Impression, développement, projection sont les trois procédés de fabrication du cinématographe. Que celui qui en use en soit conscient ou non, il se sert positivement des propriétés physiques, chimiques de la matérialité du film. D. Larcher a tiré parti de cette matérialité d’une façon exeptionnelle dans la mise en scène de « Mare’s tail », par exemple, certaines séquences ont été développées par des solutions chimiques, des solutions de composition entièrement nouvelles, etc., mais au delà de ces expériences sur la matérialité du film on peut voir parfois clairement, parfois de façon mystérieuse, le contenu du film lui même, c’est à dire la façon de vivre de David Larcher;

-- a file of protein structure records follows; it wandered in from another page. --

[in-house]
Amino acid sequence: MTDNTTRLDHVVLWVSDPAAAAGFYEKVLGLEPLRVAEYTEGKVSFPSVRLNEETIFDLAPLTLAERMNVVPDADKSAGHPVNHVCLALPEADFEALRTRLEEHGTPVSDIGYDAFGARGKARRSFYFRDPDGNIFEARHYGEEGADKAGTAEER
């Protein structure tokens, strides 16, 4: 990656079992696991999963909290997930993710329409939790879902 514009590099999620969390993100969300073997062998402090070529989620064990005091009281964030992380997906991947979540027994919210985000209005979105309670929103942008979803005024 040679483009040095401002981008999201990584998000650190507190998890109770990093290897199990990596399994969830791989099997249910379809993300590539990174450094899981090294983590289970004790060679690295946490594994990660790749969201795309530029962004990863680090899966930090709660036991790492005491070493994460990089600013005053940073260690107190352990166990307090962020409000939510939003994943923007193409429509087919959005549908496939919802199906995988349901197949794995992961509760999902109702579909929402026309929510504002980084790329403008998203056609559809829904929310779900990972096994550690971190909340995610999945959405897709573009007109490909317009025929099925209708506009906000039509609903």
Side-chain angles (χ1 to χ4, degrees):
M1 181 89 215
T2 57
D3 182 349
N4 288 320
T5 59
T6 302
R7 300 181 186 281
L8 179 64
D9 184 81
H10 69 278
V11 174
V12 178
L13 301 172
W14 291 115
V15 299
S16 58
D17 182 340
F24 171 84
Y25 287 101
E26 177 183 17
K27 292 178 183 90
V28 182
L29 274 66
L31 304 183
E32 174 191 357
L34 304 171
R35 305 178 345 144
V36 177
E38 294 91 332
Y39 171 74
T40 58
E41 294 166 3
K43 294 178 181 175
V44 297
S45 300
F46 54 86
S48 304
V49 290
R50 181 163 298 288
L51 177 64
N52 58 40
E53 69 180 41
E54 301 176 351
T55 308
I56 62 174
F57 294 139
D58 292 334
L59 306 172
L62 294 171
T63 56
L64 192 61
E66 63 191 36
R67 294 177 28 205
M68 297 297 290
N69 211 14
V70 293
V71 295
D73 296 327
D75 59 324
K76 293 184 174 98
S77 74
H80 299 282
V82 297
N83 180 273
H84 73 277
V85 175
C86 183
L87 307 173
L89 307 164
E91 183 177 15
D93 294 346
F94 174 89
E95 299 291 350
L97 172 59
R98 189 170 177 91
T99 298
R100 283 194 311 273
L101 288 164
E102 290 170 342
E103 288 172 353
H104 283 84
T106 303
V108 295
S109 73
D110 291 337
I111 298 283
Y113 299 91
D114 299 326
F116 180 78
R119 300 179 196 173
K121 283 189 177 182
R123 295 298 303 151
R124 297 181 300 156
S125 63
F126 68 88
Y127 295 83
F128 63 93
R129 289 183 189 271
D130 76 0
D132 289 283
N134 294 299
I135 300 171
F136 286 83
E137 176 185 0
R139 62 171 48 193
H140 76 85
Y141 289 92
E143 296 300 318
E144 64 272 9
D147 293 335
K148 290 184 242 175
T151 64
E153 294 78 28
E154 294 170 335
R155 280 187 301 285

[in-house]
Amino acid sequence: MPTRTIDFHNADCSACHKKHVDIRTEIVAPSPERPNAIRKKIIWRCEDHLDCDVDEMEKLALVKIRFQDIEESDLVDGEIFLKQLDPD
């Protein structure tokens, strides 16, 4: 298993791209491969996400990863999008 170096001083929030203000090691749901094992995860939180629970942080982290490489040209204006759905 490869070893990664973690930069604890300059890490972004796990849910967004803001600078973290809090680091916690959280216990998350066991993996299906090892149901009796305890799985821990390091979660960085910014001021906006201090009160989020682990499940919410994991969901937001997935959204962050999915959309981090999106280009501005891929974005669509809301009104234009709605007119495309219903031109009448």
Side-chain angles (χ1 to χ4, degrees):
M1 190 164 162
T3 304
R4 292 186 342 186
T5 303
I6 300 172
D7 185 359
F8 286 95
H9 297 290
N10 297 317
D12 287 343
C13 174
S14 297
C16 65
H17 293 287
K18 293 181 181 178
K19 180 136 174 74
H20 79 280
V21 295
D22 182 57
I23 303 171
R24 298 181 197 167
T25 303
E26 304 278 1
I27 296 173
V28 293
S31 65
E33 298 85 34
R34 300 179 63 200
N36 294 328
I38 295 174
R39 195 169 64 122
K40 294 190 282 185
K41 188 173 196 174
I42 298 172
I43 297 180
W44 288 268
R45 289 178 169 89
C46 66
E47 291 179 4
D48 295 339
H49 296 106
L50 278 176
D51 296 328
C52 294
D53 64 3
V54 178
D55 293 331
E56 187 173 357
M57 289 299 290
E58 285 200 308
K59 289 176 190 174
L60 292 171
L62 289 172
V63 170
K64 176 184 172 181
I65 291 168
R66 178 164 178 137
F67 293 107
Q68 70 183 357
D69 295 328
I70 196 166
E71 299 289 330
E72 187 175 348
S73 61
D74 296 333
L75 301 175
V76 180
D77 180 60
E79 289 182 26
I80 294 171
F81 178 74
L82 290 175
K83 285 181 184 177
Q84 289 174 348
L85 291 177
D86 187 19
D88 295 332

Born 1942 in London. Film and video artist. Lives and works in London, Cologne and Mauritius. David Larcher worked as a photographer and filmmaker during the sixties, and has been working with the medium of video since 1980. Among British film-makers, David Larcher is someone deeply immersed both in the process of his work and in that of his own being. His moving images reveal the innate nature of film or of video, and his work is a constantly exploratory process. One of his early films, Monkey’s Birthday, is very much an extended fragment that reveals his Heracleitan approach to creativity. Almost every frame of this six hours is subjected to a practically alchemical barrage of procedures and treatments which have no reason to be brought to a conclusion: the tinting of frames, the scratching of celluloid, the addition of newly printed repetitions of previously shown takes could go on forever. In Granny’s Is, key-edits are superimposed on previously manipulated material, which may comprise imagery Larcher has shot of his grandmother, or material from old home-movies, or material from other films, and we get the sense that we are watching many films at once, each from a multiplicity of perspectives. Larcher studied anthropology and paleontology before embarking on his film career, and his films are many layered. One senses that his process is essentially an archeological one that is at the same time informed by psycho-analysis. Bear in mind that Frreud was fascinated by Pompeii, and liked to compare the process of analysis to that of excavation. In more recent videos, Larcher has moved from the chemistry of film to the physics of the electronic matter he is now engaged with, and Videovoid seems to work from nothing, or rather from signal, static, screen snow – the inchoate stuff of the medium. During screenings of his work, Larcher may make his presence known by commenting on the piece as it gets projected, creating an accompanying performance by picking fights with the audience or getting drunk. Frank Auerbach speaks of the process of painting as « bringing something new to life ». For Larcher, it is as if the film or video were still in the process of being born, as if he were still in labour. Critics may say that the work is « unresolved », but I think that this irresolution is part of the meaning. Larcher is a structural romantic, immersed in the modernist obsession with the essential nature of each medium employed, but at the same time refusing to acknowledge a separation between his life and his art, or betweenscience and psychology, or between film and poetry. He is attempting to create an organon in film, an all-embracing, ultimate work that must at the same time remain constantly in labour, forever emergent, never finally formed.Since 1996 David Larcher is a professor of Video Art/Electronic Media at the Academy of Media Arts in Cologne, Germany. A selection of his work includes: Mare’s Tail 1969, Monkey’s Birthday 1975, EETC 1986, Granny’s Is 1989/90, Videøvoid – The Trailer 1993, Videøvoid – Text 1996, Ich Tank 1983/97.